LIFE, being alive every day on this incredibly beautiful planet. I don't take it for granted; I am not relying on coming back. Sitting on my veranda watching a thunderstorm erupt on a humid summers evening and smelling the woodland soil as the rain hammers the parched ground and the sweet scent of jasmine cutting through, add a glass of wine and a beautiful woman – its getting sacred now.
Name three of your heroes? What is common to all of them?
Bob Dylan, Mahatma Gandhi, and Prince Charles They all have a voice and have shown protest through songs, actions or words. Prince Charles is probably the odd one in the mix. I am not an advocate royalist, but Prince Charles has stood up and spoken out about his environmental beliefs. His 60th birthday speech was an amazing example of where he passionately put the case for 'Nature' and how he felt he must stand up for nature and give nature a voice. For someone saddled with the expectations and rigid lifestyle of royalty he has let his truth come through.
Green building often sounds like a radical alternative
to the chemical-laden, modular & labor-saving ways of modern house building.
What are the key principles in your practice?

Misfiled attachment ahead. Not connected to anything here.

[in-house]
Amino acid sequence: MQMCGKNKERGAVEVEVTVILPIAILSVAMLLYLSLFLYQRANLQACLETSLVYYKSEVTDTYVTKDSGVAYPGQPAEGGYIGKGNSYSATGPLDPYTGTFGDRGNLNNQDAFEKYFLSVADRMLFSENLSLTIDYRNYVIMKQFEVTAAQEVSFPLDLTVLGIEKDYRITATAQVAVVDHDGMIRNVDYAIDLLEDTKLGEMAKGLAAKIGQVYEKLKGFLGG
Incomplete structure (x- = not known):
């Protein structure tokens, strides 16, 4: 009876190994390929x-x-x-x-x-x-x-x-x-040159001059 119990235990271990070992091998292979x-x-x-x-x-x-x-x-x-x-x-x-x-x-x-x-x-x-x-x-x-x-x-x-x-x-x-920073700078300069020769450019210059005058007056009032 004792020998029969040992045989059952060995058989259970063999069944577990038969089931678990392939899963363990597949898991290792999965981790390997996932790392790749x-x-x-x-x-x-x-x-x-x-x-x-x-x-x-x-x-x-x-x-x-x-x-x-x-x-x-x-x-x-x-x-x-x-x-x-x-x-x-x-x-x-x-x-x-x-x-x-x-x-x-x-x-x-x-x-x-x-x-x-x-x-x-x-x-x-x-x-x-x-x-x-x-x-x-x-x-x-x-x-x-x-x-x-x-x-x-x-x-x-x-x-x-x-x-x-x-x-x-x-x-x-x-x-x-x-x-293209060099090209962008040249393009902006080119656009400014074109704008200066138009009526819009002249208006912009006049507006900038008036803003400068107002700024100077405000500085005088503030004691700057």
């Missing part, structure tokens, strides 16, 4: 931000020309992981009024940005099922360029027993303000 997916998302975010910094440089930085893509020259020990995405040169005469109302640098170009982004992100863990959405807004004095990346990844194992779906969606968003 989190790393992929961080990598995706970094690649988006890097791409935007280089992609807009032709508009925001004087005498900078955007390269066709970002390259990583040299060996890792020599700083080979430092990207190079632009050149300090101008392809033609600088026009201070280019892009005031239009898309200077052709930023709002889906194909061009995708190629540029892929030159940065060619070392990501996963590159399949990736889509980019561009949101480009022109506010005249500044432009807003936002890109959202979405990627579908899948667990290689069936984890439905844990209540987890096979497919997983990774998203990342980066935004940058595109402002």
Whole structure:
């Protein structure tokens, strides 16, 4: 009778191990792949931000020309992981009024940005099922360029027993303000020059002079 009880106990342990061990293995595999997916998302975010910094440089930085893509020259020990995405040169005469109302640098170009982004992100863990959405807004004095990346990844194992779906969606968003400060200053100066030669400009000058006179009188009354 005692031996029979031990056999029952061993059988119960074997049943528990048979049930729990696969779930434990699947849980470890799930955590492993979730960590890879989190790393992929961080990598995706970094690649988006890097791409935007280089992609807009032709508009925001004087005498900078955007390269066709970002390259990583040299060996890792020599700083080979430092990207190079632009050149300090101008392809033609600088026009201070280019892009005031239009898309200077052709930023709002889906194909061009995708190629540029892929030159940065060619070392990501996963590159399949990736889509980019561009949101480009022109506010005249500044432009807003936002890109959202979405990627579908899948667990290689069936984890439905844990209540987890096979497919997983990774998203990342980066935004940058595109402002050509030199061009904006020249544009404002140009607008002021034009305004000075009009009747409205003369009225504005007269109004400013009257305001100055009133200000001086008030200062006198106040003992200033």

I got into green building as I had a renewable source of timber poles and wanted to make good use of them. I believe the building industry to be one of the most wasteful of industries, and I want to show it doesn't have to be that way. I also wanted to shift the perception in architects who design buildings often with good imagination and then source the materials to build their designs with from all corners of the planet. I want to take architects into the forest and say to them "Today, there are 50 coppiced chestnut poles, 10 larch and 5 western red cedar ready to be used. Go and design you're building from this starting point". It is about putting the local resource first, choosing renewable materials and reducing transport distances. My house has been built for 10 years, the trees I cut the main timbers from are already carrying 6 meters of regrowth, by the time my house is 30 years old, another house will have grown from the same stumps I built mine from.